#23. Dedication of Williamsport Marker
On June 14, 1953, the Alliance Historical Society dedicated a marker at the site of the first church in what is now known as Alliance. The event was covered in the June 15, 1953 edition of The Alliance Review and featured the picture shown here. On hand were Mayor Harley R. Ewing, Mrs. Fred (Dorothy) Donaldson, Mrs. Melvin (Ethel) Van Winkle, both from the Alliance Historical Society, and Congressman Frank T. Bow.
The marker paid tribute to the hardy pioneers who laid the foundations of Alliance in the Village of Williamsport and the men and women who are buried in the first cemetery where the United Brethren Church was built in 1819. The land was donated by William and Martha Teeters, who were among the first settlers in the area. The marker and cemetery can be visited on River Street on the north end of the city.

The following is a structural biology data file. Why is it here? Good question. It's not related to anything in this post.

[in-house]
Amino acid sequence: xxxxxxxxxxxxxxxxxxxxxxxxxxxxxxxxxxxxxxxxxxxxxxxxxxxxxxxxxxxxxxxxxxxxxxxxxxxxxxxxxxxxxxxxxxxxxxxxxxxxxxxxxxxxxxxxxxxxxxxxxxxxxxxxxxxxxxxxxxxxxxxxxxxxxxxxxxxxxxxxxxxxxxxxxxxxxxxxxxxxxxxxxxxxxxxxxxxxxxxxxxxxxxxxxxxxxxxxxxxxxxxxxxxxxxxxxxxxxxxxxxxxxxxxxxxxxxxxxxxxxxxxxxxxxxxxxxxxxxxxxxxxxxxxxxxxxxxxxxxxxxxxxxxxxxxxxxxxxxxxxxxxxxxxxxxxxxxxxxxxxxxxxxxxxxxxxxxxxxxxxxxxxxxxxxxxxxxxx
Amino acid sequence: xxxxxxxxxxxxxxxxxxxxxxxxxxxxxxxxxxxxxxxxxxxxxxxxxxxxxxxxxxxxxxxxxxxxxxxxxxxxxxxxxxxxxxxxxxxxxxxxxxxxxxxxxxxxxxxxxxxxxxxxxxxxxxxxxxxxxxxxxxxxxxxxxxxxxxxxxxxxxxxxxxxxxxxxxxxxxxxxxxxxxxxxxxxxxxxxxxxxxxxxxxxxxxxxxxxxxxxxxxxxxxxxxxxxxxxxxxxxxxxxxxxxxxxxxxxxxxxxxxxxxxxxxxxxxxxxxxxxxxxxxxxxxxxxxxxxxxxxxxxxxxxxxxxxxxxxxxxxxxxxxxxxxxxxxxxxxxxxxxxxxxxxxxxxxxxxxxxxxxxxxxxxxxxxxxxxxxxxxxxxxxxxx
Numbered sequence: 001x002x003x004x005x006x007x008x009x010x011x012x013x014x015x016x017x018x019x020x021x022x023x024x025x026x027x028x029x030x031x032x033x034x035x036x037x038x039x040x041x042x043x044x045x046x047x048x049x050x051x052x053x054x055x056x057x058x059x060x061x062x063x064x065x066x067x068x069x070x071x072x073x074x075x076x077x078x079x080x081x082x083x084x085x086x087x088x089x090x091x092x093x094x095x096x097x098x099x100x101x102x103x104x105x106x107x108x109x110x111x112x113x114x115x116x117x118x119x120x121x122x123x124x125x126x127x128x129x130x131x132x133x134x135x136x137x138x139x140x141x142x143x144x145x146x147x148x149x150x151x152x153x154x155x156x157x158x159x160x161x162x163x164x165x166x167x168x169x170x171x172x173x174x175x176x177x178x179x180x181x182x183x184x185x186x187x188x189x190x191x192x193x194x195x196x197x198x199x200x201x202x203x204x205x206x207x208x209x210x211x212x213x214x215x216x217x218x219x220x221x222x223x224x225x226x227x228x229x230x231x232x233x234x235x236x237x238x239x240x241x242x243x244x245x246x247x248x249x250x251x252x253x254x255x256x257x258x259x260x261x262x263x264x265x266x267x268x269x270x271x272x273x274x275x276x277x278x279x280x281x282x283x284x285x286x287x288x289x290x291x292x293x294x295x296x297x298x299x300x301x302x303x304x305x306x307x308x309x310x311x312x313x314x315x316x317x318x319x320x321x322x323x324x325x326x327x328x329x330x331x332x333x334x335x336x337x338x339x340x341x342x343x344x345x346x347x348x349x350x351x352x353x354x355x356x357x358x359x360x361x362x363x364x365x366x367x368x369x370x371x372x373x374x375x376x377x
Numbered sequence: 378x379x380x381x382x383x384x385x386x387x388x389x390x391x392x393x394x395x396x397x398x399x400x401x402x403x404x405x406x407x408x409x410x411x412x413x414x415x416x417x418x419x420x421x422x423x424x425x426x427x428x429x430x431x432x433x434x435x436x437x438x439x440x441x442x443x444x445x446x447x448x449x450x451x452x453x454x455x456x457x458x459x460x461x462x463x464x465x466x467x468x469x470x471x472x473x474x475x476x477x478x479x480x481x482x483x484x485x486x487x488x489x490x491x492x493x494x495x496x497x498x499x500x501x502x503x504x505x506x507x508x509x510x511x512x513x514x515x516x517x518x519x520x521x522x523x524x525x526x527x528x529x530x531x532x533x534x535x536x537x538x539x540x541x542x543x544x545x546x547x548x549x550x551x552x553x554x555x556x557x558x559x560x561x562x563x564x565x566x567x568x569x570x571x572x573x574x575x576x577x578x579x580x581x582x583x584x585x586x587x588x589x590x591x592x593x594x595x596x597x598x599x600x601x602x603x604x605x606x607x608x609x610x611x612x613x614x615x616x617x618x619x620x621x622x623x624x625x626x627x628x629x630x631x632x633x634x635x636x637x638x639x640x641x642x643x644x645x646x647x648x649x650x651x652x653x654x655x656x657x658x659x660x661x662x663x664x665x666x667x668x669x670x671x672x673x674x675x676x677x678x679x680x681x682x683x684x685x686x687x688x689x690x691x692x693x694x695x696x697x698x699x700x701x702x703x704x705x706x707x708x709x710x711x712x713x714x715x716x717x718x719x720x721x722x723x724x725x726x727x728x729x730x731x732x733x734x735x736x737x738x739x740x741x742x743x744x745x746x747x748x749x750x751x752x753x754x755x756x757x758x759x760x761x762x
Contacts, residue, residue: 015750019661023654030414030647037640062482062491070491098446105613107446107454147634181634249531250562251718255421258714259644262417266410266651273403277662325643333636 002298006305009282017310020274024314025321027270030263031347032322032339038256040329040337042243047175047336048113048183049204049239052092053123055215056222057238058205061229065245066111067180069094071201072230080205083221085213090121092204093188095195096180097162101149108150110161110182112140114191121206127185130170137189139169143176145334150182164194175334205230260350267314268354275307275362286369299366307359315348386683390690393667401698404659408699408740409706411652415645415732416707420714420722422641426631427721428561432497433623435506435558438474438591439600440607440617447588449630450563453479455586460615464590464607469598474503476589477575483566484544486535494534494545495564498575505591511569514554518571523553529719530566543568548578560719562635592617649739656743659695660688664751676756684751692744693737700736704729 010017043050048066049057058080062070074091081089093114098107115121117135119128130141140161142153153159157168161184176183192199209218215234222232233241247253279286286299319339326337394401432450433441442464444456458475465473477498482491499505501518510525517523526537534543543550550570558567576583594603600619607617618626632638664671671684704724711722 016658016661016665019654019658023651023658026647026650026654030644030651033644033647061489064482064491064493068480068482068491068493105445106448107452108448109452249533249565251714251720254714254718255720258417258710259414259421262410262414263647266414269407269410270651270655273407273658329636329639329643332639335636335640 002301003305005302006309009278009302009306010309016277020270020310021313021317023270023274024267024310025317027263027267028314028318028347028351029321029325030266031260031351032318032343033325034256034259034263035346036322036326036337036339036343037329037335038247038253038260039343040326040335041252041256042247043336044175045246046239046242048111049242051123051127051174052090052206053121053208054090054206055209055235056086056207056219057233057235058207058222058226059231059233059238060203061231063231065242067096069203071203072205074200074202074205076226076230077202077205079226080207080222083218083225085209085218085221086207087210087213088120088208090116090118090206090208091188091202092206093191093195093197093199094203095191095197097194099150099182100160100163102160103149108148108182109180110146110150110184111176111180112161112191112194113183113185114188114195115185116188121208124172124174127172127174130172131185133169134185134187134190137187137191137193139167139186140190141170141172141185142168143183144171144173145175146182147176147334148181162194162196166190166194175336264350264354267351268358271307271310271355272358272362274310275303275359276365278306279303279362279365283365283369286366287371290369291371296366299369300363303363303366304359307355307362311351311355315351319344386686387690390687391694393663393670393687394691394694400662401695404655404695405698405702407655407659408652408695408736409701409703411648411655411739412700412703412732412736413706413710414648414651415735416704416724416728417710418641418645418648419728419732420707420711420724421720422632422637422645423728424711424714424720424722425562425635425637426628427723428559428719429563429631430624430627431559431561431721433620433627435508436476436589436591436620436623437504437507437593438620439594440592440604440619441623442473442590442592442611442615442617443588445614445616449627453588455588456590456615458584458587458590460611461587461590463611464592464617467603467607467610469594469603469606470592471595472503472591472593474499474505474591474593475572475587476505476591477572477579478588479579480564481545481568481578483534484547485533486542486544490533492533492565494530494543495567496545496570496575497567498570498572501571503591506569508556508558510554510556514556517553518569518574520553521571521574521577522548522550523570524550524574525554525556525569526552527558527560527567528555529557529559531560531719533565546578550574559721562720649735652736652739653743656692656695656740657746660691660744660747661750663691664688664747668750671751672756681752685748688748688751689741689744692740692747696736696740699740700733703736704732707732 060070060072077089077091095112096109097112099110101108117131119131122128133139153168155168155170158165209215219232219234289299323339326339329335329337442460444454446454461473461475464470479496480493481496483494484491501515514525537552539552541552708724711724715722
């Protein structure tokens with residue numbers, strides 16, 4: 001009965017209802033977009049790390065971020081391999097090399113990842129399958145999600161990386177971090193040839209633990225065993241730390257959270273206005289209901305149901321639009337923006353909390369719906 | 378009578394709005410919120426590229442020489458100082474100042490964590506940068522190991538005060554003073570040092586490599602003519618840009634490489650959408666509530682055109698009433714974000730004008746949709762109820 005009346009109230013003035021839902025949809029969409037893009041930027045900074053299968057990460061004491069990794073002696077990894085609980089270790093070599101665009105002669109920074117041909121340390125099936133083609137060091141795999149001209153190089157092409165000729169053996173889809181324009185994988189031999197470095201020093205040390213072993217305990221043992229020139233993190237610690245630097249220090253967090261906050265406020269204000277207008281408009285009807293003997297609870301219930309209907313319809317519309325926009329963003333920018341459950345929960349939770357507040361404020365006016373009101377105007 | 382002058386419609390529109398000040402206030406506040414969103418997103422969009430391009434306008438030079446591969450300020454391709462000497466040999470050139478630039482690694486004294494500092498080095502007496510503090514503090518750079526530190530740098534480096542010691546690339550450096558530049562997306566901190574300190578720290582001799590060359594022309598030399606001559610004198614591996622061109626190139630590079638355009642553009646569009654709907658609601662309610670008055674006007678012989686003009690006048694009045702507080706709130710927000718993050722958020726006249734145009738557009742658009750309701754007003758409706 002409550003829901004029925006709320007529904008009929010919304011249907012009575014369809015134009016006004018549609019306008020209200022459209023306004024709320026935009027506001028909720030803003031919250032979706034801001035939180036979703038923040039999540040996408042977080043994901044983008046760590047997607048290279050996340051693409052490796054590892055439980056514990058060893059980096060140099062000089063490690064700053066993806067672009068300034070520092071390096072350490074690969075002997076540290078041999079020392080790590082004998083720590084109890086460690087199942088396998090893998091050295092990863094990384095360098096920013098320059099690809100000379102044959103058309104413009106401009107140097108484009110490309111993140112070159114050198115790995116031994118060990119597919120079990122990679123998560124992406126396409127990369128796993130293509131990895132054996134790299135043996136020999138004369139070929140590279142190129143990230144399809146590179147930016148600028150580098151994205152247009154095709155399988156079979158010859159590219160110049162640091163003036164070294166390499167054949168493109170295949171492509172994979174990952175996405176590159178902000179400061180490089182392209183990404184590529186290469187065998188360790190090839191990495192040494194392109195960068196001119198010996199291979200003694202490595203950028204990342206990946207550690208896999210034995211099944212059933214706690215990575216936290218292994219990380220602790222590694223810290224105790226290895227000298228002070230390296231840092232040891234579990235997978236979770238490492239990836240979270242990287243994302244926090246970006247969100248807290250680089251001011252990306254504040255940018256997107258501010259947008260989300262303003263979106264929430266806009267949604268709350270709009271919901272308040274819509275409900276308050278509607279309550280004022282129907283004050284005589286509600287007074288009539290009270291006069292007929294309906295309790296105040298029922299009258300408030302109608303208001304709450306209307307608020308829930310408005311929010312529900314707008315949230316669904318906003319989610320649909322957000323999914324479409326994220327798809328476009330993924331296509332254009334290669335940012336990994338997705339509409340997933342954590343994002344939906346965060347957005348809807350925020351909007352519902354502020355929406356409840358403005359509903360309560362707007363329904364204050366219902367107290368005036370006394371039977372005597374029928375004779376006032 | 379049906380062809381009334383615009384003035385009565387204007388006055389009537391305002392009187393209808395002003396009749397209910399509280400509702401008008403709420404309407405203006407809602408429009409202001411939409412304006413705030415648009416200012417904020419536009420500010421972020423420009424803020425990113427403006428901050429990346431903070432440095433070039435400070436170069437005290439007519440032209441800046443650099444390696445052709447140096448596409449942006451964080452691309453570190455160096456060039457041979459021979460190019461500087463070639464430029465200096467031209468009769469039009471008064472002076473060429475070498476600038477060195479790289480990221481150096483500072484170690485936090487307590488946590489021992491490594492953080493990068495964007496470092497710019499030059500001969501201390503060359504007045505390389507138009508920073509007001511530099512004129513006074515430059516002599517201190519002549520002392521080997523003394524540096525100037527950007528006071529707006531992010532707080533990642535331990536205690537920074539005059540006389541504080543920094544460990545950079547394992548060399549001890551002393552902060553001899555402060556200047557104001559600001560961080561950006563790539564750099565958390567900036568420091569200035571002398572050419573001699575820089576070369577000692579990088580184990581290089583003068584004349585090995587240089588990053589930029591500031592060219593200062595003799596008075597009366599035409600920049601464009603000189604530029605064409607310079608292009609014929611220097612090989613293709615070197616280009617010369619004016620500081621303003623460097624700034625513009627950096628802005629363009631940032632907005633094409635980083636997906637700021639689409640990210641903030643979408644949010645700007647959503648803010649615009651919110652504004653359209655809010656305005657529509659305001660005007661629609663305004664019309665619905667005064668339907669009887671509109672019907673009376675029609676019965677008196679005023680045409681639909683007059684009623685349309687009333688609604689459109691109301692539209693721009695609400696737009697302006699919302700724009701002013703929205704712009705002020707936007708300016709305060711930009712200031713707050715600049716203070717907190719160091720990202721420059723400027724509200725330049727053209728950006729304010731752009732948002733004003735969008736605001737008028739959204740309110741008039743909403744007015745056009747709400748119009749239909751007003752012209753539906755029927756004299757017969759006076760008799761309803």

Williamsport was founded along the banks of the Mahoning River as early as 1805 and formally listed as settled in 1827. The settlers arrived from Williamsport, Pennsylvania. William Teeters had a gristmill and a sawmill along the banks of the Mahoning. The church was reportedly built from logs and had a burying ground next to it.
The markers for most of those buried here have decayed over the years with only a few stumps remaining. The gravestone for William and Martha was replaced in 1952, at the same time as the large marker was placed, by the Alliance Historical Society. It reads, in addition to their birth and death dates: To the memory of the two leaders of the Williamsport settlement.
The large memorial includes the names of those that could be deciphered from remaining tombstones in 1940 and includes veterans of the Civil War and John McIntire, who was killed by the collision of trains in Alliance on December 8, 1856.
The village of Williamsport was merged with the villages of Freedom and Liberty to the south in 1854 to form the Village of Alliance. This marker and cemetery are all that remain of this early settlement.